The wrapped mandrel was placed in a hydraulic press and force of 15 tons was applied to the top and bottom of the mandrel for 30 minutes at platen temperature of 125° C. The orientation of the mandrel was changed and the other two sides were molded in an identical manner. This molded band constituted the middle band of Container C.

The outer band was molded from the same mandrel, butusing shims to make it slightly larger. The SpectraShield and unitape were wrapped to give the same construction and areal density as that of the middle band. The outer band was 15.75 inches square in cross-section and band width was 27 inches.

The inner band was constructed from 20 wraps of nylon 6 fabric, 21.5 inches wide. Flaps were created in the same manner as with container A. The inner band was sewn to the middle band at 12 points (each corner and the middle of each long side). A 24-inch long slit was cut in the center of one of the exposed faces. This container is not collapsible.

The access to this container behaved similar to that of Container B. The opening was identical in size and shape when the slit was distorted. However, it was evident that the inner band could be attached to the middle band with elastic material, which would allow for considerable distortion of the shape of the opening.

A nylon 6 fabric container (Container D) was constructed from 3 bands having a height of 24 inches, width of 18 inches, and length of 34 inches, as a model for a collapsible container which could be use in the passenger cabin of commercial aircraft. The inner band was wound around the sides (initial band width was 30 inches, to allow for 3-inch flaps on both sides of the inner band). HDPE panels 23″×33″ were sewn into the 34″×24″ faces of the inner band. The middle band (18 inches wide) was wrapped around the top, bottom, and sides (perimeter of 116 inches). The inner and middle bands were sewn together in the same manner as container N2, and a slit 34 inches long was cut along the center line of the top. The outer band was wound to produce rectangular band 24″×18″ in cross-section and 34 inches wide. Into each face was sewn a HPDE sheet having dimensions 2 inches less than the dimensions of the face.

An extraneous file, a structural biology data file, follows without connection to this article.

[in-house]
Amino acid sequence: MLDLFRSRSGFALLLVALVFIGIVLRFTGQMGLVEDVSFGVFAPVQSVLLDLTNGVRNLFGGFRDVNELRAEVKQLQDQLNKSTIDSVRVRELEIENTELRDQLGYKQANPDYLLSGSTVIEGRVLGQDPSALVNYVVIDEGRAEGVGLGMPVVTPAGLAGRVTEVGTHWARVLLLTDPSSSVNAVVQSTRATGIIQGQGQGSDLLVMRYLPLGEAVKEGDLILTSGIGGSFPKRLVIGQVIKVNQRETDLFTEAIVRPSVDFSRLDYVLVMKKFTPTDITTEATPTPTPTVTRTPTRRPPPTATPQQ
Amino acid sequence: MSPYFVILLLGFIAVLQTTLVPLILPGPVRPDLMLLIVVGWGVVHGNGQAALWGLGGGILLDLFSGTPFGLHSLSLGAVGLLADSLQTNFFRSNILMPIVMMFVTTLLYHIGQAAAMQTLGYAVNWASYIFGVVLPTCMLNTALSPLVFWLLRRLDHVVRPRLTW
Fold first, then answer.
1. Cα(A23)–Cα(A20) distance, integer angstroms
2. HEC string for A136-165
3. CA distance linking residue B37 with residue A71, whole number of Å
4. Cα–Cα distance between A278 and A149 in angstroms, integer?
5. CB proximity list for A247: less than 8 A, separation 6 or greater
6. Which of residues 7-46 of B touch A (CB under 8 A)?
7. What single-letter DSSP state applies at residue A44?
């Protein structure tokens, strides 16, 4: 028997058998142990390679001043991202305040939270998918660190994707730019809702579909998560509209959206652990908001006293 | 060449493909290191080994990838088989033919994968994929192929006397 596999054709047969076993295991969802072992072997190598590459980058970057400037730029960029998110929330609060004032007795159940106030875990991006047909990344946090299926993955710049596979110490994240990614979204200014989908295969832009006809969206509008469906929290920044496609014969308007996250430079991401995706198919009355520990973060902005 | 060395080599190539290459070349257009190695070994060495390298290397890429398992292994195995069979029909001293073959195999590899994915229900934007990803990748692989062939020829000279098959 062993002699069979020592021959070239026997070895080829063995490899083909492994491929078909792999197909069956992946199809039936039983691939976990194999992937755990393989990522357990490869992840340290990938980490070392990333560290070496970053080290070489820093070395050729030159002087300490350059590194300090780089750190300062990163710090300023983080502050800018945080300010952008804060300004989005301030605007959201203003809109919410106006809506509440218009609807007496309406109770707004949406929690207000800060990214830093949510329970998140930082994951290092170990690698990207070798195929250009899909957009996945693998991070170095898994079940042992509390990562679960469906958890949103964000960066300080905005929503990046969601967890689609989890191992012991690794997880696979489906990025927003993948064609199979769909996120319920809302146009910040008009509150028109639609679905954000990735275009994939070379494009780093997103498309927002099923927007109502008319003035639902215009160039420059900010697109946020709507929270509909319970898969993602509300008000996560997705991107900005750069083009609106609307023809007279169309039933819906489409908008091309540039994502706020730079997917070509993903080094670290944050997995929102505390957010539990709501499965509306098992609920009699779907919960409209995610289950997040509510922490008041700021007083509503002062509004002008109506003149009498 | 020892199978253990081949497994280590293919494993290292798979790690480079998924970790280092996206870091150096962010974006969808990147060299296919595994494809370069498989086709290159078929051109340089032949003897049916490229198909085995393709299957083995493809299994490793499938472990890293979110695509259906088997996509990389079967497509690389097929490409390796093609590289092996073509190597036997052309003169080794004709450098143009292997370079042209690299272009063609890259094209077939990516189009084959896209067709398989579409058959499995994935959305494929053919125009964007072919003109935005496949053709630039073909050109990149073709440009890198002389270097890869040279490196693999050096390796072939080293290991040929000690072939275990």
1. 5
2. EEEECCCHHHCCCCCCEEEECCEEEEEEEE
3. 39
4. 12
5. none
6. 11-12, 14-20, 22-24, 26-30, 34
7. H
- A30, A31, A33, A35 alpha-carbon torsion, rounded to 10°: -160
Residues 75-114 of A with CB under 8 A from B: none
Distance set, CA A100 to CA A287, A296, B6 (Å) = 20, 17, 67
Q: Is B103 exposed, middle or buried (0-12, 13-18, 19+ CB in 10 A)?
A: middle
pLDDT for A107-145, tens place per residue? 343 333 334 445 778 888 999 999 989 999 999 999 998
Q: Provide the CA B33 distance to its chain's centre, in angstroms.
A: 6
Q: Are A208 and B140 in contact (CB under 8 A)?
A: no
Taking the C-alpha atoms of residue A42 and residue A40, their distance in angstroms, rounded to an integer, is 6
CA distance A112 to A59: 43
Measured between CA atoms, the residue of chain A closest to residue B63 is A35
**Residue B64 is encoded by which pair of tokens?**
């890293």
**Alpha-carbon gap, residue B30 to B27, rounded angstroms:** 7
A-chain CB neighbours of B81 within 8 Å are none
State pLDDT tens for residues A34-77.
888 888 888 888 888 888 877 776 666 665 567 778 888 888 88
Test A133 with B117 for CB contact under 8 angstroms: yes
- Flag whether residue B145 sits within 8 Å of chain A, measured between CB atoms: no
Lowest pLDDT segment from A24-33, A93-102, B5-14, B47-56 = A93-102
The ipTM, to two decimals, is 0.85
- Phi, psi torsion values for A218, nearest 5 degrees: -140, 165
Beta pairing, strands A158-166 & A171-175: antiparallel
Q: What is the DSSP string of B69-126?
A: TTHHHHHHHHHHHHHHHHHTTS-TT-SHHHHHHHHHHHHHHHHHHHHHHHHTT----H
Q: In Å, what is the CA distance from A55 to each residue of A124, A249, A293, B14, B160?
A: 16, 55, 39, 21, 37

The combined inner and middle bands could be collapsed to 33.5″×25″×5.5″. The outer band can be collapsed to 43″×34″×0.75″. Since the edges do not line up, the outer band does not fold efficiently—a package 22″×34″×4″ is obtained.

The 30.5-inch slit, when pulled at the center, formed a rhombus having side lengths of 15 inches and diagonal lengths of 16 and 16 inches. The slits in the fabric bands were easily distorted and could accommodate irregular shaped packages. The addition of 4 inches of flexible foam to the bottom of the container had no adverse effect on the slit opening. Such a foam could be used to prevent a charge being placed directly against the floor of a container.

Comments

Containers of this invention are designed to find use as protection against bombs, explosive, grenades etc., and consequently it is highly desirable that they can be closed quickly. The same individual inserted a wooden block, 6″×2″×4″, into each of the containers, once with the outer band collapsed and once with the outer band deployed in appropriate shape. In every instance, it was faster to insert the block with the outer band deployed. Hybrid-1 was easier to load than N−1 which was easier to load than N−2 which was easier to load than N−3. This was repeated with two individuals working together to insert the block into the containers. The results obtained were similar. Use of a slit allowed the inner and middle bands to be attached, which permitted simple and rapid closure of the blast resistant container.

EXAMPLE 2

Container 1 for this example was formed as follows. Onto a solid wooden mandrel (15.5″×15.5″×25″) was wound a combination of SpectraShield (areal density 0.135 kg/m2) and its unidirectional precursor (SpectraShield is 0/90 crossply of the unidirectional precursor). Wrapping was carried out to form a four-sided band having side lengths of 15″ and 24″. Band width was 15 inches. Wrapping was carried out in the following sequence: 10 wraps of SpectraShield, followed by 40 wraps of uni-tape precursor, followed by 10 wraps of SpectraShield. The wrapped mandrel was placed in a hydraulic press and force of 15 tons was applied to the top and bottom of the mandrel for 30 minutes at platen temperature of 125° C. The orientation of the mandrel was changed and the other two sides were molded in an identical manner. This molded band constituted the inner band.